Peetz and Myers were supportive of removing the president’s voting powers, and the committee sounded in favor of stripping the governor’s voting powers, too. Broadhurst said he first wanted to discuss the latter one with Gov. Tom Corbett.

A reduction in the president’s powers was one of Wagner’s core recommendations. The former auditor general also recommended reducing the size of the board from its size of 32 members

Pennsylvania Senator Comments on NCAA Response


HARRISBURG – Sen. Jake Corman (R-34) has issued the following statement regarding the NCAA’s challenge of Pennsylvania law.

“The recent NCAA litigation challenging Act 1 will delay the Penn State fine money from positively impacting programs and services that assist child abuse victims in Pennsylvania. In arguing that Pennsylvania has no role in the policy decisions of a state-related institution, the NCAA has gone well beyond its bylaws and believes it can operate as an unchecked governing body,” said Corman.

“Act 1 was carefully crafted to not impair the consent decree between Penn State University and the NCAA, and the law is constitutional.

“The NCAA has clearly misrepresented Penn State University as a private institution, as well as the parameters set forth in the consent decree.

NCAA President Mark Emmert’s statement that Act 1 is nothing more than an attempt to benefit the ‘home team’ is not only inaccurate, but also exemplifies the organization’s delusional understanding of the law. Penn State University receives no gain from Act 1 — the only people who will benefit are Pennsylvania’s sexual abuse victims.  As the money is being derived from a Commonwealth-supported institution of higher education and being generated by state residents, the fine money should be distributed in Pennsylvania.

“In light of the court challenge and Mark Emmert’s statements, state-related and public universities, which are members of the NCAA, should call for a change in the NCAA leadership and operational standards. The NCAA federal lawsuit is an unfortunate power grab by the NCAA, who appears to be more concerned with its national reputation than actually using the $60 million for those who need it the most.”

Emmert Needs to Resign or Be Fired!!


The NCAA has become a circus, and President Mark Emmert is the clown wearing a big red nose.  An agency designed to regulate and enforce the rules of college sports is now being pointed to and laughed at by the schools under its watch.  What was supposed to be an investigation of University of Miami and former booster Nevin Shapiro involving cash and trips to strip clubs he gave to Hurricane players for almost a decade turned into the NCAA instead reviewing its own enforcement staff.  Shortly after the NCAA launched its detective work into the Shapiro case, it was revealed in January the NCAA paid Shapiro’s lawyer $19,000 for additional information obtained via her subpoena power in the case.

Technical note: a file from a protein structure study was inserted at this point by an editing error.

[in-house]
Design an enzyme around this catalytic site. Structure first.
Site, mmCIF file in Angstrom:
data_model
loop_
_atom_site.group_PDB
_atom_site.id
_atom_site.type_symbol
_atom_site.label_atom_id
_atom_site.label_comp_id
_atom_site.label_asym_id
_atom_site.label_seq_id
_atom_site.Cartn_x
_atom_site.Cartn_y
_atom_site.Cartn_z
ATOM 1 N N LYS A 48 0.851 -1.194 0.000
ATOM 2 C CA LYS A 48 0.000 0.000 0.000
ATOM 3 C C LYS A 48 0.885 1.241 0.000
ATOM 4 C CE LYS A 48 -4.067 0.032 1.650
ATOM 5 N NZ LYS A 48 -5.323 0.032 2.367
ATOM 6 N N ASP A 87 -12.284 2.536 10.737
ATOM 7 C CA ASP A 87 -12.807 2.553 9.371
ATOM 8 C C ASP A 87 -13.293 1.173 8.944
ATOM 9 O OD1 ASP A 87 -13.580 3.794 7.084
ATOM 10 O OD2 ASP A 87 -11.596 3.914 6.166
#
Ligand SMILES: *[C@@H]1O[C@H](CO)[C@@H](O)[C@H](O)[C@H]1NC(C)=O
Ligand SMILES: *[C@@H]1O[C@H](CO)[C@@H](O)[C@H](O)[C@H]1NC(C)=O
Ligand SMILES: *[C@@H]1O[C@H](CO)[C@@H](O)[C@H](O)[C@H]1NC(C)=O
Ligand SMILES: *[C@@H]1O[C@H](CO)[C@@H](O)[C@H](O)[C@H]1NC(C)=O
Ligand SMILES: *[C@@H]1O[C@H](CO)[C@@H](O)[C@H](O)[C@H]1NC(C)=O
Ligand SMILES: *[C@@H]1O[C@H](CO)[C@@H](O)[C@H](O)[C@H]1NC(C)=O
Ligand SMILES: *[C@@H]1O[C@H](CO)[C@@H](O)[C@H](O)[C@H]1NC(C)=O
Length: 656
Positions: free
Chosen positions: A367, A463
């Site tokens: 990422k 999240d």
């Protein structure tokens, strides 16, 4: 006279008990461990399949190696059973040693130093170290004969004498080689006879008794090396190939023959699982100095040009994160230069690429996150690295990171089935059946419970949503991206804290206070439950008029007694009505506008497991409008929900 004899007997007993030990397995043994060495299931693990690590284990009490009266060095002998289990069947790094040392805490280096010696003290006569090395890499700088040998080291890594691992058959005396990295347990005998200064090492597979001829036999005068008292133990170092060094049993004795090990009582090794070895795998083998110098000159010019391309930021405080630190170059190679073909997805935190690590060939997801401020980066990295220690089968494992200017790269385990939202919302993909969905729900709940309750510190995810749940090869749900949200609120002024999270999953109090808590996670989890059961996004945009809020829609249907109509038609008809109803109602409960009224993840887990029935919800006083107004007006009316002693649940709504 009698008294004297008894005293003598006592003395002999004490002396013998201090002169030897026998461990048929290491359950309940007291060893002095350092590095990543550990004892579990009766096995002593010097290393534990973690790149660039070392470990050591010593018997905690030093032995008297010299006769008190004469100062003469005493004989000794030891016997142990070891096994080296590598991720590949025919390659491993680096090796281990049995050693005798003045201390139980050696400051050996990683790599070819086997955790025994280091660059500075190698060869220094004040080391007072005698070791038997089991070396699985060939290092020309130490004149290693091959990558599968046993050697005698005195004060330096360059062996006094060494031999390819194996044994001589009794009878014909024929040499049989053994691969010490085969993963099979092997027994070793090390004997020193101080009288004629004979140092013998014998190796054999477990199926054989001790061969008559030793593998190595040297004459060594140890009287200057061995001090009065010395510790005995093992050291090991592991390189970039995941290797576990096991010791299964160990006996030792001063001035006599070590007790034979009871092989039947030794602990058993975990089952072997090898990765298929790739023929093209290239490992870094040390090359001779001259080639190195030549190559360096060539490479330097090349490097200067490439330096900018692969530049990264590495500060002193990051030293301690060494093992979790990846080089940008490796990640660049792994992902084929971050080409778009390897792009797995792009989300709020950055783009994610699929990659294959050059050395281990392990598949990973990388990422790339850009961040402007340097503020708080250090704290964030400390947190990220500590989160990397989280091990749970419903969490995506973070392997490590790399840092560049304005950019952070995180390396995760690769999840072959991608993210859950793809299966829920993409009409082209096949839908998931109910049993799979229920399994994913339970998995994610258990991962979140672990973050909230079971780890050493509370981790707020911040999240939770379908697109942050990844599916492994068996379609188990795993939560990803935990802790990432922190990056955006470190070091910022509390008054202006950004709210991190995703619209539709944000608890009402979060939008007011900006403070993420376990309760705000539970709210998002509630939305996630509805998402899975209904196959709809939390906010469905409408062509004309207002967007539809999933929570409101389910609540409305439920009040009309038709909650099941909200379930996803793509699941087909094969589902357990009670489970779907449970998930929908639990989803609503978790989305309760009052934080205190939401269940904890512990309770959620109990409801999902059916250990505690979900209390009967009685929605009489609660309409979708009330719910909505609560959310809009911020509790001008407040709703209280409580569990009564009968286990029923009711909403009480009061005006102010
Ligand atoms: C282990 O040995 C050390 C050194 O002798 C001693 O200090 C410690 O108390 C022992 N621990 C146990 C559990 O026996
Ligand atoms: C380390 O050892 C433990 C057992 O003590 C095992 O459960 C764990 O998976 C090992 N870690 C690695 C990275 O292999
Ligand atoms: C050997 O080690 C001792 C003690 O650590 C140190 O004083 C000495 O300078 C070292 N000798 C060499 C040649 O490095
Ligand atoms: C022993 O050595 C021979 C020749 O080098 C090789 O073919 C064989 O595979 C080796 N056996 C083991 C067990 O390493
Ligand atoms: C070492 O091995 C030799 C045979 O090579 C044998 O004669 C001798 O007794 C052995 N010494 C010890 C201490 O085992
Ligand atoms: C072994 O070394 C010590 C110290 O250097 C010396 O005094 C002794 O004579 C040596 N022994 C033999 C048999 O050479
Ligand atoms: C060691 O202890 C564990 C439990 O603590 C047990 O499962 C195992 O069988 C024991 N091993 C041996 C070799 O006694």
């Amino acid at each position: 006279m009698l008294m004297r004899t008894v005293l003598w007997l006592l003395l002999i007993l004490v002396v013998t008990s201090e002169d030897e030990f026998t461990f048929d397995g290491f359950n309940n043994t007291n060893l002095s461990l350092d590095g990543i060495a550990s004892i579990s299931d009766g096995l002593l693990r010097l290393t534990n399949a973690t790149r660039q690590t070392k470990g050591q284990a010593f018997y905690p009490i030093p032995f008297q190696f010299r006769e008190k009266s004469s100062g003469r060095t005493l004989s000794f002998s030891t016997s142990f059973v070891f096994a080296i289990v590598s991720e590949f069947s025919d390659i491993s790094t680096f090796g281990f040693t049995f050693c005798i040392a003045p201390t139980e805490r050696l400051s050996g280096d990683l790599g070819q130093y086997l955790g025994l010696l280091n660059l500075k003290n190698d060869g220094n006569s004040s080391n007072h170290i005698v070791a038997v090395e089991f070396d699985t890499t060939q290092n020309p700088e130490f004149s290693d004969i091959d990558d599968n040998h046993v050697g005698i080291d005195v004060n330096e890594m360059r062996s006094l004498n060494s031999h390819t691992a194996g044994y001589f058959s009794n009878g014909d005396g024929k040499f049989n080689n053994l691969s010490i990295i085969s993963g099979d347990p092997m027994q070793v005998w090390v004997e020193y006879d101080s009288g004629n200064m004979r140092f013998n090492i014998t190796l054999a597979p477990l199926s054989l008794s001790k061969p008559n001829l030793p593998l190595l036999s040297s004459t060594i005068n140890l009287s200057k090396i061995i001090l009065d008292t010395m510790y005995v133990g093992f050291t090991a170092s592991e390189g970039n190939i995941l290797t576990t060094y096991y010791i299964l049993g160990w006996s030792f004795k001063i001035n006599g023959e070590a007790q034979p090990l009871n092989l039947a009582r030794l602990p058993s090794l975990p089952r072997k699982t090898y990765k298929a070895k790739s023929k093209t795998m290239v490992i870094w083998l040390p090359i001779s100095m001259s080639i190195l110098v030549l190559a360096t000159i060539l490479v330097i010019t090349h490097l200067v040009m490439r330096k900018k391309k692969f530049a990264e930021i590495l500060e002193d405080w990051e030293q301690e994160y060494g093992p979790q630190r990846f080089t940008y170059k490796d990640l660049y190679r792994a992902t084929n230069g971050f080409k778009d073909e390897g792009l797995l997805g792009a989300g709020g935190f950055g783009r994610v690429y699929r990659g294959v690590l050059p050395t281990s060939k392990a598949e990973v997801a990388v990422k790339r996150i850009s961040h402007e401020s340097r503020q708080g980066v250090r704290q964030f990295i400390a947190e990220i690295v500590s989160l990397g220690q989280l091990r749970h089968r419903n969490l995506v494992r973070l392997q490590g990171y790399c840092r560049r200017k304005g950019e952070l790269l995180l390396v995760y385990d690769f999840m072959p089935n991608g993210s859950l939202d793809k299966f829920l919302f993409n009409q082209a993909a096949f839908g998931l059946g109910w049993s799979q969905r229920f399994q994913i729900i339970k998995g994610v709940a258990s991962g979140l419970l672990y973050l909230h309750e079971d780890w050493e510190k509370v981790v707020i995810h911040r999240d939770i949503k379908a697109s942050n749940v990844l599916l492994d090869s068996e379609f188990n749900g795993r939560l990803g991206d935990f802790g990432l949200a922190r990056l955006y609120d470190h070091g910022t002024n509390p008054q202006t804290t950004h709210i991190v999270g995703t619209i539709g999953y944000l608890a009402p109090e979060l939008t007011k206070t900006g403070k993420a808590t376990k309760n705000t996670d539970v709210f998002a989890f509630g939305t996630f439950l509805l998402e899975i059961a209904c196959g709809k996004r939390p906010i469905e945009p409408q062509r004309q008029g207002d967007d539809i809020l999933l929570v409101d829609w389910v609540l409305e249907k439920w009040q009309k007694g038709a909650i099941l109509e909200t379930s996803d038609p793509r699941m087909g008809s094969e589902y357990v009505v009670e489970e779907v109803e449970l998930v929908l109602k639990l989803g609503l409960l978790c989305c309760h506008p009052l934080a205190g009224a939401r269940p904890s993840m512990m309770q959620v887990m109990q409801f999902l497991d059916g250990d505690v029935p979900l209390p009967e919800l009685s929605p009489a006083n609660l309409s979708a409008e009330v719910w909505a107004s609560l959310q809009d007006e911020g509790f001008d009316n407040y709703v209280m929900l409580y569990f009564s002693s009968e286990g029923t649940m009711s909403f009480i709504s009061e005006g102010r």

Now the NCAA can’t use any of the information acquired, which is 20 percent of the total evidence it has on Miami.

Emmert then fired his vice president of enforcement, Julie Roe Lach, holding her accountable for the failed plan to collect more information on Shapiro around NCAA bylaws.  The NCAA’s wrongdoing in the Shapiro case is just the tip of the iceberg. Ever since Emmert took over in November 2010, the NCAA has been a colossal mess.

It passed legislation in October making head coaches on college campuses liable for what their assistants do. Apparently, Emmert didn’t get the memo.  North Carolina and Penn State were punished because of former head coaches Butch Davis and Joe Paterno’s ignorance to what was happening around themYet, when the tables turn on the NCAA and it’s brought under scrutiny, Emmert uses unawareness as his defense“I knew nothing,” has been Emmert’s response to the numerous bonehead tactics employed by his own enforcement investigators.

Coaches are held accountable for not maintaining an atmosphere of compliance. So why isn’t Emmert?  There’s no standard set in place when it comes to dealing with NCAA infractions. Take the cases of UCLA freshman Shabazz Muhammad and University of Texas sophomore Myck Kabongo.  Kabongo was suspended for the first 23 games of the 2012-13 season for accepting airfare to Cleveland, Ohio from former Longhorns teammate Tristan Thompson in October 2012. The grand total of cost for his trip? A whopping $476.  The Longhorns’ best player finally played in his first game on Feb. 13 against Iowa State. By then, Texas’ record was 10-13, which most likely leaves it out of any kind of postseason tournament.

At UCLA, Muhammad was investigated for receiving approximately $1,600 in benefits on visits to North Carolina and Duke paid for by financial adviser Benjamin Lincoln. His family said Lincoln was a family friend and he asked the NCAA for approval before paying for the visits.  So what was Muhammad’s penalty from the NCAA?  Because he had to sit out of UCLA’s first three games of the season, the NCAA reinstated Muhammad on Nov. 11 with no further penalties. The Bruins are currently 19-7 and should find themselves in the Big Dance come March thanks much in part to Muhammad’s 18.5 points per game.

Sounds fair, right?

It turns out the NCAA was trying to save face again with its inquiry into Muhammad’s situation. In December 2012, the NCAA fired the lead investigator of the Muhammad case, Abigail Grantstein, after her boyfriend was overheard on a plane talking loudly about the case.  So was Muhammad actually cleared of wrongdoing, or did Emmert and his goons just want to cover up one of its lead investigators’ boyfriends who told an entire airplane about an ongoing NCAA case?

A review of the external NCAA enforcement had many casualties like Roe Lach, and of course, Emmert escaped unscathed.  Yet another example of how Emmert holds universities to double standards but doesn’t feel the need to impose on himself.

Say one thing, do another, has become Emmert’s bread and butter, which is bad news for the NCAA and its credibility going forward if he doesn’t resign.